5 Must-Have Technologies for Physician Recruitment

Physician shortages mean surgery centers must improve their recruitment efforts as they draw from a dwindling pool of candidates. Allan Cacanindin, vice president of client marketing for Cejka Search, discusses five technologies that hospitals, surgery centers and practices should use to attract and efficiently hire tech-savvy physicians in today's competitive environment.

1. Mobile-friendly website. As the physician shortage grows and the demands on the individual physician increase, providers are unlikely to spend much of their workday sitting in front of a computer. As more physicians rely on their smart phones and tablets to read emails and access the internet, practices and hospitals must make sure their websites can be accessed on mobile devices. "If physicians can't access your website, you've lost them," Mr. Cacanindin says. This means IT personnel should stay abreast of changes in mobile technology to ensure the website adapts in time. For example, Apple is releasing a new mobile operating system in fall 2011, meaning website staff should already be working with the developer kit to understand how the website will appear under the new system.

Mr. Cacanindin says mobile-friendly websites should include an accessible section targeted specifically to physicians. Many hospital and practice websites are geared to the consumer, which may help generate revenue but does not necessarily help with recruitment. From the home page of your website, physicians should able to click a button that takes them to a physician-specific page. That page might include a list of current physicians at the facility, testimonials from providers and patients, an up-to-date list of offered technologies, details on the available EMR and any physician benefits.

2. Valid email lists and deployment. Email marketing is essential to direct physicians to a hospital or practice website, Mr. Cacanindin says. The problem is that as email marketing becomes more popular, physician inboxes are flooded with newsletters from many different organizations — some legitimate, some not. He says physician newsletters should be short and to-the-point, with subject lines that clearly advertise available positions within the facility or update the physician on recent organizational news. "Physicians today do not want to be sugar-coated," Mr. Cacanindin says. "They want to know the truth about what a position is, where it's located and all the different attributes that encompass the position."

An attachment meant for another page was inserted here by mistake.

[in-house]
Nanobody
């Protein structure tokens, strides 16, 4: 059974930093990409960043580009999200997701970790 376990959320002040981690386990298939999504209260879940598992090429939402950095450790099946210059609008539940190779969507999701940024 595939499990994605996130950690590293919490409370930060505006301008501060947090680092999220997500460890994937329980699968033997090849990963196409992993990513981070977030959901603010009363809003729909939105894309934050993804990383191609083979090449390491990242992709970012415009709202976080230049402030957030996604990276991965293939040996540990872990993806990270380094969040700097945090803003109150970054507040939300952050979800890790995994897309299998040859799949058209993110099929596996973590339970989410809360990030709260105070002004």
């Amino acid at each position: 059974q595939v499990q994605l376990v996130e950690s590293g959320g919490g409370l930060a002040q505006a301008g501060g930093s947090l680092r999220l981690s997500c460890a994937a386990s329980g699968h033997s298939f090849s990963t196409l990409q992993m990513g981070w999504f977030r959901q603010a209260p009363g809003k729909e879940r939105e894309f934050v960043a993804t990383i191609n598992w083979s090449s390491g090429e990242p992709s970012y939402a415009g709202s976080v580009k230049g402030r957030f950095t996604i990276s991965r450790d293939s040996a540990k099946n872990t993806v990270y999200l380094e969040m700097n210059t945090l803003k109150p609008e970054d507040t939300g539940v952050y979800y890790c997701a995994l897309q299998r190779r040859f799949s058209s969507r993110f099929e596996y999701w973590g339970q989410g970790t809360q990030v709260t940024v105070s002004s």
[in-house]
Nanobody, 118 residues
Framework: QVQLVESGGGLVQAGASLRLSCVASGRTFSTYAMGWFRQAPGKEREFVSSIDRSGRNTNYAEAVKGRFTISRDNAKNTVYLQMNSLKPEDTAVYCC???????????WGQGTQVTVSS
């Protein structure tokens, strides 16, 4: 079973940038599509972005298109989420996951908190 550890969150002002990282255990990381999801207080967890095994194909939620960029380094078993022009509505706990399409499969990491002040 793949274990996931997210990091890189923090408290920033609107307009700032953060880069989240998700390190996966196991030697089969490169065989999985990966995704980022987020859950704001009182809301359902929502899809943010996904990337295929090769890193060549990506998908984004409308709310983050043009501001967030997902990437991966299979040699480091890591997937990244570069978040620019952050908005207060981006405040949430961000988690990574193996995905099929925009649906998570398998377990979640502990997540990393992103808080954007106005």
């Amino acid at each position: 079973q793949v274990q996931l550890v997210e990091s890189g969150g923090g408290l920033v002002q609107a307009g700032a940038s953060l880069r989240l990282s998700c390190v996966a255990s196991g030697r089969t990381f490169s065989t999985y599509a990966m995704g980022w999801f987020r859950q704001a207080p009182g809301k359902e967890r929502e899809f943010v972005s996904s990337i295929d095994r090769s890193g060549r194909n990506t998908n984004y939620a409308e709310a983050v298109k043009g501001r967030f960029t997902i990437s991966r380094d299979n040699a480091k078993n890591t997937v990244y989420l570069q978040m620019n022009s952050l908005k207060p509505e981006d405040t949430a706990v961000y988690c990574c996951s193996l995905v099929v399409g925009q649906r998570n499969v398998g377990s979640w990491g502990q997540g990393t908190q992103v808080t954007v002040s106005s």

He says busy physicians will not want to read long emails, so keep marketing newsletters short. "You really want to use email marketing to enhance marketing efforts and drive physicians to a centralized location," he says.

3. Physician-friendly Facebook page. Many hospitals are trying to bolster recruiting efforts through Facebook, but few know how to use the website for effective business networking, Mr. Cacanindin says. He says Facebook can be useful for hospitals and practices because it allows physician searches to "go viral". One physician might notice a job posting and pass it along to a colleague, and so on and so forth until the posting has reached a physician who would have otherwise overlooked the organization.